To finish, the children were given a short amount of time to discuss their initial ideas with other members of the class.
The year 5 children have started Virgin Money: Make £5 Grow as part of their creative curriculum this half term.
Make £5 Grow gives young people aged between 9 and 11 years old the experience of starting a small business using a £5 loan from Virgin Money. The programme gives pupils an insight into how business works and helps them to build skills for the future, such as teamworking, problem solving, leadership, money management and creativity. Engaging, educational and great fun, it delivers key elements of the National Curriculum.
Pupils form groups and pool their money to design and develop a product or a service. At the end of the programme, the school will arrange for pupils to sell their product or services to other children and parents of the school. The year 5 children will keep any profit made by the pupils’ small businesses once the loan has been repaid.
We will let you know what the children have got planned in the near future.
A big well done to the children of Year 5 who shared their transformation liturgy on Wednesday. The children discussed the transforming power of the Holy Spirit and the fruit of the spirit that they possessed. Thank you to the parents and carers that came to see the liturgy. We hoped that you enjoyed sharing it with the children.
We began this lesson by discussing how there are special occasions in everyone’s life, times when something happens which is different from normal life, times when you do something special, are with people you don’t often see or a time of making a special effort for some reason. We discovered that the ninth month in the Muslim calendar (which is different from the one used in the UK), is called Ramadan. It is the month when Allah first gave his message to Muhammad. Muslims commemorate this special event by fasting for the whole month of Ramadan. If you are very old or very young, or unwell you do not have to fast. Children are introduced to it gradually. It means that Muslims do not eat or drink during daylight hours. It does not just mean not eating or drinking but also trying to do good deeds too, to spend more time praying and thinking about Allah.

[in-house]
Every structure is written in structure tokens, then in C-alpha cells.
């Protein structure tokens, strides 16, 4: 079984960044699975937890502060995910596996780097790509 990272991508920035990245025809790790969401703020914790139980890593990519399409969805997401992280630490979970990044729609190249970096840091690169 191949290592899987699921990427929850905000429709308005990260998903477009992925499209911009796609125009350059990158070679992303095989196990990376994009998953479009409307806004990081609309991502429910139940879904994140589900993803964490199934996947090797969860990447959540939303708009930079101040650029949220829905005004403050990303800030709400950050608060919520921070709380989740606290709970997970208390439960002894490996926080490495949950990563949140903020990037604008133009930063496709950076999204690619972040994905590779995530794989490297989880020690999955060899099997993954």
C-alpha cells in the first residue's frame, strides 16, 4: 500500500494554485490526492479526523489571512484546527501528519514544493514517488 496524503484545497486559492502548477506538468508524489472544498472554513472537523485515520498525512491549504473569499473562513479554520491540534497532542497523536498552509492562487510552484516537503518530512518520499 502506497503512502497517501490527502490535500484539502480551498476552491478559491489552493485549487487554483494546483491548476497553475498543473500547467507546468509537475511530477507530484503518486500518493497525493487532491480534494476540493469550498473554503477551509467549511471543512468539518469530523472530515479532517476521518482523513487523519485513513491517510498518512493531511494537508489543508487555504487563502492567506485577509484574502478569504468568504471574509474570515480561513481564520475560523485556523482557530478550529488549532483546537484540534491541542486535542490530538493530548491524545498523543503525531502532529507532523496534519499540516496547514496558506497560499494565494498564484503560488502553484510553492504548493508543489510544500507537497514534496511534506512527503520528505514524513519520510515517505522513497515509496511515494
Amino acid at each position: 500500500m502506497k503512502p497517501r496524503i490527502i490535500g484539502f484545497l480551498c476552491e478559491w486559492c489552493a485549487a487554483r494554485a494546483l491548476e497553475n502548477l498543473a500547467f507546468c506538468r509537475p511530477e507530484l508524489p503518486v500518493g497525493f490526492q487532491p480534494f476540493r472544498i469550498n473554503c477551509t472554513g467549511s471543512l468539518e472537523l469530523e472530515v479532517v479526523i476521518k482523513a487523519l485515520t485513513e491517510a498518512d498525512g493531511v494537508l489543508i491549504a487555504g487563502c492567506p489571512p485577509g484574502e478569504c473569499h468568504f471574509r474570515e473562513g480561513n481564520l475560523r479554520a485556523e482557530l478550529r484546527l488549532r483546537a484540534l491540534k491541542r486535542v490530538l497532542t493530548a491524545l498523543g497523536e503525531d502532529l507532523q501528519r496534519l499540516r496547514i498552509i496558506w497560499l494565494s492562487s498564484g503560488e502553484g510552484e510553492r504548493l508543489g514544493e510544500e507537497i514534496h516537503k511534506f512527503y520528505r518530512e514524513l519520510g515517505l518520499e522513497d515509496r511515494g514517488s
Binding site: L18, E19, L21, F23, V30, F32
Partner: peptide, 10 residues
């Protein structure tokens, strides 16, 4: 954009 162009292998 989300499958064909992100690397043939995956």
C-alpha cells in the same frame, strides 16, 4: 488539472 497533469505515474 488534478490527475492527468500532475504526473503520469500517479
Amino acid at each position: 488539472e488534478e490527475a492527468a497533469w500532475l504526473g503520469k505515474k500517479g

It also helps Muslims to share the experience of many people in the world who do not have enough to eat. It is hard for Muslim children at school where there are non-Muslims and everyone is eating lunch and having snacks. When it is night time Muslims first eat some dates and then have meal together. Sometimes the local Mosque puts on meals. We then watched a BBC learning clip about a Muslim family. The children then completed their main task for the lesson. Working in pairs, they designed a poster which could be used during Ramadan, writing a slogan which says why anyone should give. They shared these with the rest of the class at the end of the lesson.
We began the lesson by discussing how there are several Eucharistic prayers with some written specifically for children. There are four main ones that are used at Mass on Sunday. It was then revealed that in in Eucharistic prayer II, after everyone has joined in with proclaiming the Mystery of Faith, the priest continues the prayer, offering to God the Father the consecrated bread and wine which is Jesus Christ’s own offering. It is a prayer which remembers and thanks Jesus. The children were then given their main task for the lesson—in mixed ability groups they were to explore the meaning of different hymns that are sung during the Eucharist and present their findings to the class.